Treatment of Superficial Venous Disease of the Lower Leg

Publication Date: February 1, 2016
Last Updated: March 14, 2022

Guidelines for Treatment of Venous Disease

Indications for Treatment

Compression therapy is an effective method for the management of symptoms related to superficial disease but it does not correct the source of reflux. When patients have a correctable source of reflux definitive treatment should also be offered unless it is contraindicated or unwanted. (1A)
We recommend against compression therapy as a prerequisite therapy for symptomatic venous reflux disease when other definitive treatments such as endovenous ablation are appropriate. (1A)
After interventional treatment, we recommend the use of a compression garment in the postoperative period. There is extra benefit to the patient in the form of reduced pain after use of compression. The compression dosage and duration is at the discretion and clinical judgment of the treating physician. (2B)
Superficial venous insufficiency is a chronic disease and as such we recommend that patients with this disease be counseled to wear a compression garment even after definite treatment has been provided. The compression dosage is at the discretion and clinical judgment of the treating physician. (2C)
We suggest the treatment of some CEAP C2 patients with isolated varices, by medical compression hose alone may be an acceptable form of treatment. A short 1-2 week trial of compression hose may be appropriate where an alternative etiology of symptoms is considered, e.g. musculoskeletal pain or neuropathy (spinal stenosis, sciatica, hip or knee arthritis, diabetic neuropathy etc). (2C)
Indications for treatment include pain or other discomfort (ie, aching, heaviness, fatigue, soreness, burning), edema, varix hemorrhage, recurrent superficial phlebitis, stasis dermatitis or ulceration. We recommend patients should be evaluated using the CEAP classification and the Venous Clinical Severity Score (VCSS). We would define medically necessary as a CEAP classification of C2 or higher. (1A)

In addition

We recommend all patients being considered for treatment must have a duplex ultrasound of the superficial venous system and, at a minimum, evaluation of the common femoral vein and popliteal vein for patency and competence. The exam should ideally be done in the standing position. (1A)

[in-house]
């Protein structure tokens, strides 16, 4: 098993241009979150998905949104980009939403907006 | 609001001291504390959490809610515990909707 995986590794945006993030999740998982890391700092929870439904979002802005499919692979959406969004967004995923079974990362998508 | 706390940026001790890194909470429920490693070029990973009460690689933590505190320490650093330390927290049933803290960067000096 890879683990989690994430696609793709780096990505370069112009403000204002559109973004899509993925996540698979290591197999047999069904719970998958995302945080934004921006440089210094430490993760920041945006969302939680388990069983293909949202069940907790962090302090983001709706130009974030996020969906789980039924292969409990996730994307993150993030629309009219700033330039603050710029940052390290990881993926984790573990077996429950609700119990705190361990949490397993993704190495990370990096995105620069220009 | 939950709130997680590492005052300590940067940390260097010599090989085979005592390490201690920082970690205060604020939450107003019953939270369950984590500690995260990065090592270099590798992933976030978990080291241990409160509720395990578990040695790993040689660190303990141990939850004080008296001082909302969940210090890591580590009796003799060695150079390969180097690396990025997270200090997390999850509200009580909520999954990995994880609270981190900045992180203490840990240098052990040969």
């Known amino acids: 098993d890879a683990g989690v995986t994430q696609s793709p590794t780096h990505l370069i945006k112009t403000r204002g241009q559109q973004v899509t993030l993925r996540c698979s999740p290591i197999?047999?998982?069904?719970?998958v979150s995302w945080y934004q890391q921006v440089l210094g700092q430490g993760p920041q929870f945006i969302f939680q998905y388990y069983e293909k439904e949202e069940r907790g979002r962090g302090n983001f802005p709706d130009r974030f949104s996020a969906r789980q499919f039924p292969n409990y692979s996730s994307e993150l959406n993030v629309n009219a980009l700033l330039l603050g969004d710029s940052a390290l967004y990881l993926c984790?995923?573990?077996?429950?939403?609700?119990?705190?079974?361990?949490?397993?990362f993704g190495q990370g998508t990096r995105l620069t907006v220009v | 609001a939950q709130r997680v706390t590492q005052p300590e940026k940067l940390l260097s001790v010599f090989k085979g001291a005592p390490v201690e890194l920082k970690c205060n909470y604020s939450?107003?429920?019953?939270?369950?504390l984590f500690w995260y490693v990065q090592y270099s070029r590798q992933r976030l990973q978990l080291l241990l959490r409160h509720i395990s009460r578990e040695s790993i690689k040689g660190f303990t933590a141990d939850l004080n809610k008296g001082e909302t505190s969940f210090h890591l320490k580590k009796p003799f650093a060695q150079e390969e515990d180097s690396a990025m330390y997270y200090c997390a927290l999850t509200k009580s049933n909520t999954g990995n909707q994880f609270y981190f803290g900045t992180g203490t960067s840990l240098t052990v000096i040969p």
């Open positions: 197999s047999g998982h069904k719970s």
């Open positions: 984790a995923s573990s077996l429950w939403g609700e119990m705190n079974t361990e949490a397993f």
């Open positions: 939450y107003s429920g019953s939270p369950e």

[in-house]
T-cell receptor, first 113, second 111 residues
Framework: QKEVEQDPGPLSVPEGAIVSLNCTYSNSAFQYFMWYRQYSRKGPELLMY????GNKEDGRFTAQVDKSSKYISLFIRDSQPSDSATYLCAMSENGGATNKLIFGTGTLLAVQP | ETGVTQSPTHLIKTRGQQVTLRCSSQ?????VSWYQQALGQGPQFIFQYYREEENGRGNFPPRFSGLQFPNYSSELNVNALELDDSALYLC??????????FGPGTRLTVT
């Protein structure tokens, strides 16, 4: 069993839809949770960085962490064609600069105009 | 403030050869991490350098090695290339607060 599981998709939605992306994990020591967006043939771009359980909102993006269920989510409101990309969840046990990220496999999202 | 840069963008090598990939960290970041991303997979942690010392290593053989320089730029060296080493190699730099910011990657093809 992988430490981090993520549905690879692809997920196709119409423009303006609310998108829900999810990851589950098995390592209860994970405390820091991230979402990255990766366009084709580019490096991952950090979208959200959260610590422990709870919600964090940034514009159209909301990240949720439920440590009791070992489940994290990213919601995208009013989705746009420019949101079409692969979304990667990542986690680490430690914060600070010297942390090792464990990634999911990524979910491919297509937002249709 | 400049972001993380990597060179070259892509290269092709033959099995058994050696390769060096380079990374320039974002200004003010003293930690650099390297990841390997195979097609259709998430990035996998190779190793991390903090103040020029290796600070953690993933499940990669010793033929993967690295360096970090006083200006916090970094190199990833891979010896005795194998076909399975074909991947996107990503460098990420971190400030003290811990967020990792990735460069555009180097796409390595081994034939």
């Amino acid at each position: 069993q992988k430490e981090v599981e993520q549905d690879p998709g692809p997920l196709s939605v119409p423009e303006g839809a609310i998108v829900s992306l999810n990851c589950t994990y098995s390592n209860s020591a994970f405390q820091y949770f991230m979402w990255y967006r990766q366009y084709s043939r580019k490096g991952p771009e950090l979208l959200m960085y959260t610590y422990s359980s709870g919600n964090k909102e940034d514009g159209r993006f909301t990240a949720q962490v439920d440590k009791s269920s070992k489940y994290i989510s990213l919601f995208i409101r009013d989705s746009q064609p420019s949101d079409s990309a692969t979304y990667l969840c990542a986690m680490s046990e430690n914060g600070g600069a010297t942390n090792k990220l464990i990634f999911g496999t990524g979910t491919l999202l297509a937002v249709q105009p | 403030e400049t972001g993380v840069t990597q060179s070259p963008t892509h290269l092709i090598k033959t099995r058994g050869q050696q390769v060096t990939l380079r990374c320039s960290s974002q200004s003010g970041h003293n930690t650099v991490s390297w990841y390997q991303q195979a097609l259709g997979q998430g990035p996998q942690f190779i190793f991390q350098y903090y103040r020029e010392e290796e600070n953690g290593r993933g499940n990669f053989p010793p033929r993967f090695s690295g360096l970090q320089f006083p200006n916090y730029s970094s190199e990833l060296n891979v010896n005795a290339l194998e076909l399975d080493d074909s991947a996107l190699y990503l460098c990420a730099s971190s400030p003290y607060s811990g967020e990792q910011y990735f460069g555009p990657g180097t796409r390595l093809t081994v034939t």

We suggest all noninvasive vascular diagnostic studies be per formed by a qualified physician or by a qualified technologist under the general supervision of a qualified physician. (1C)
We recommend that named veins (Great Saphenous Vein (GSV), Small Saphenous Vein (SSV), Anterior Accessory of the Great Saphenous Vein (AAGSV), Posterior Accessory of the Great Saphenous Vein (PAGSV ), Intersaphenous Vein (Vein of Giacomini)) must have a reflux time > 500 msec, regardless of the reported vein diameter. (1A)

Treatment of Named Saphenous Veins

We recommend endovenous thermal ablation (laser and radiofrequency) is the preferred treatment for saphenous and accessory saphenous (GSV, SSV, AAGSV, PAGSV) vein incompetence. (1B)

We suggest Mechanical/chemical ablation (Clarivein Device) may also be used to treat truncal venous reflux. (2B)

We recommend open surgery is appropriate in veins not amenable to endovenous procedures but otherwise is not recommended because of increased pain, convalescent time, and morbidity. (1B)

We suggest when open surgery of the great saphenous vein is performed it should include high ligation and invagination stripping to the level of the knee. (2B)

We recommend when open surgery of the small saphenous vein is performed it include high ligation and selective invagination of the proximal portion. (1B)

Treatment of Circumflex Veins and Other Non-Truncal Veins

The treatment of other non-truncal, tributary varicose vein reflux (circumflex veins anterior and posterior thigh) is more complex. The medical record should reflect that these veins are incompetent and note their size, presence or absence of tortuosity, and depth relationship to the skin, i.e. accessible or not accessible by phlebectomy.

We recommend varicose (visible) symptomatic tributary veins can be treated by stab phlebectomy, liquid sclerotherapy or foam chemical ablation. (1B)

We recommend (non visible) symptomatic tributary veins be treated by ultrasound-guided liquid sclerotherapy or foam chemical ablation. (1B)

Treatment of Perforator Veins

We suggest treatment of incompetent perforating veins located beneath a healed or open venous ulcer. They should have outward flow of 500 ms, with a diameter of 3.5 mm. (2B)

We suggest, in patients with perforator reflux as the primary or only source of disease, treatment of the perforator with endovenous thermal ablation, ligation or ultrasound guided sclerotherapy. Subsequent or simultaneous treatment of symptomatic varicosities arising from the incompetent perforator is also considered best practice. (2B)

Recommendation Grading




Treatment of Superficial Venous Disease of the Lower Leg

Authoring Organization

Endorsing Organizations

Publication Month/Year

February 1, 2016

Last Updated Month/Year

August 1, 2023

Supplemental Implementation Tools

Document Type


External Publication Status


Country of Publication


Inclusion Criteria

Female, Adult, Older adult

Health Care Settings

Ambulatory, Hospital, Operating and recovery room

Intended Users

Surgical technologist, physician, physical therapist, nurse, nurse practitioner, physician assistant


Assessment and screening, Diagnosis, Prevention, Management, Treatment

Diseases/Conditions (MeSH)

D020246 - Venous Thrombosis


Superfecial Venous Disease, Lower Leg, Saphenous Veins, Circumflex veins, Non-Truncal veins, Perforator Veins